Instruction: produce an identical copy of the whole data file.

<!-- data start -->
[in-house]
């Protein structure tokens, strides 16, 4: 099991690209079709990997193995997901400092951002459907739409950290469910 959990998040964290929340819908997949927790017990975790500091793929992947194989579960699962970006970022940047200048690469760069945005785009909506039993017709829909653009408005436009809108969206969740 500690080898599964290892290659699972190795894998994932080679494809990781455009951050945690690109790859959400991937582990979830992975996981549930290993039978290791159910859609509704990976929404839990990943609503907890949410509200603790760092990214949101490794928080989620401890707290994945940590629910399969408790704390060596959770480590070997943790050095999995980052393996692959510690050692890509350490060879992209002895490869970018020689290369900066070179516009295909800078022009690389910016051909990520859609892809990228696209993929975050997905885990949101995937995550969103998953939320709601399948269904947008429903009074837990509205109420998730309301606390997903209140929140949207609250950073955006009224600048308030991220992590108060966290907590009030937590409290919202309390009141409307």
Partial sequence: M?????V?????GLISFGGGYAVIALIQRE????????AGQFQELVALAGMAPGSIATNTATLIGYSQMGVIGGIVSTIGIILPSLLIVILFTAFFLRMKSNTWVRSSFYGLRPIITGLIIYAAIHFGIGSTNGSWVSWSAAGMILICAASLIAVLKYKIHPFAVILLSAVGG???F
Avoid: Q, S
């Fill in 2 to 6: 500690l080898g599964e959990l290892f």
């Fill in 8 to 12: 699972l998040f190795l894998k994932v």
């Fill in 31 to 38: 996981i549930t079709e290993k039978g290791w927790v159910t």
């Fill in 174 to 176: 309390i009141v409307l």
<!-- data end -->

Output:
[in-house]
């Protein structure tokens, strides 16, 4: 099991690209079709990997193995997901400092951002459907739409950290469910 959990998040964290929340819908997949927790017990975790500091793929992947194989579960699962970006970022940047200048690469760069945005785009909506039993017709829909653009408005436009809108969206969740 500690080898599964290892290659699972190795894998994932080679494809990781455009951050945690690109790859959400991937582990979830992975996981549930290993039978290791159910859609509704990976929404839990990943609503907890949410509200603790760092990214949101490794928080989620401890707290994945940590629910399969408790704390060596959770480590070997943790050095999995980052393996692959510690050692890509350490060879992209002895490869970018020689290369900066070179516009295909800078022009690389910016051909990520859609892809990228696209993929975050997905885990949101995937995550969103998953939320709601399948269904947008429903009074837990509205109420998730309301606390997903209140929140949207609250950073955006009224600048308030991220992590108060966290907590009030937590409290919202309390009141409307």
Partial sequence: M?????V?????GLISFGGGYAVIALIQRE????????AGQFQELVALAGMAPGSIATNTATLIGYSQMGVIGGIVSTIGIILPSLLIVILFTAFFLRMKSNTWVRSSFYGLRPIITGLIIYAAIHFGIGSTNGSWVSWSAAGMILICAASLIAVLKYKIHPFAVILLSAVGG???F
Avoid: Q, S
């Fill in 2 to 6: 500690l080898g599964e959990l290892f």
């Fill in 8 to 12: 699972l998040f190795l894998k994932v």
């Fill in 31 to 38: 996981i549930t079709e290993k039978g290791w927790v159910t």
């Fill in 174 to 176: 309390i009141v409307l």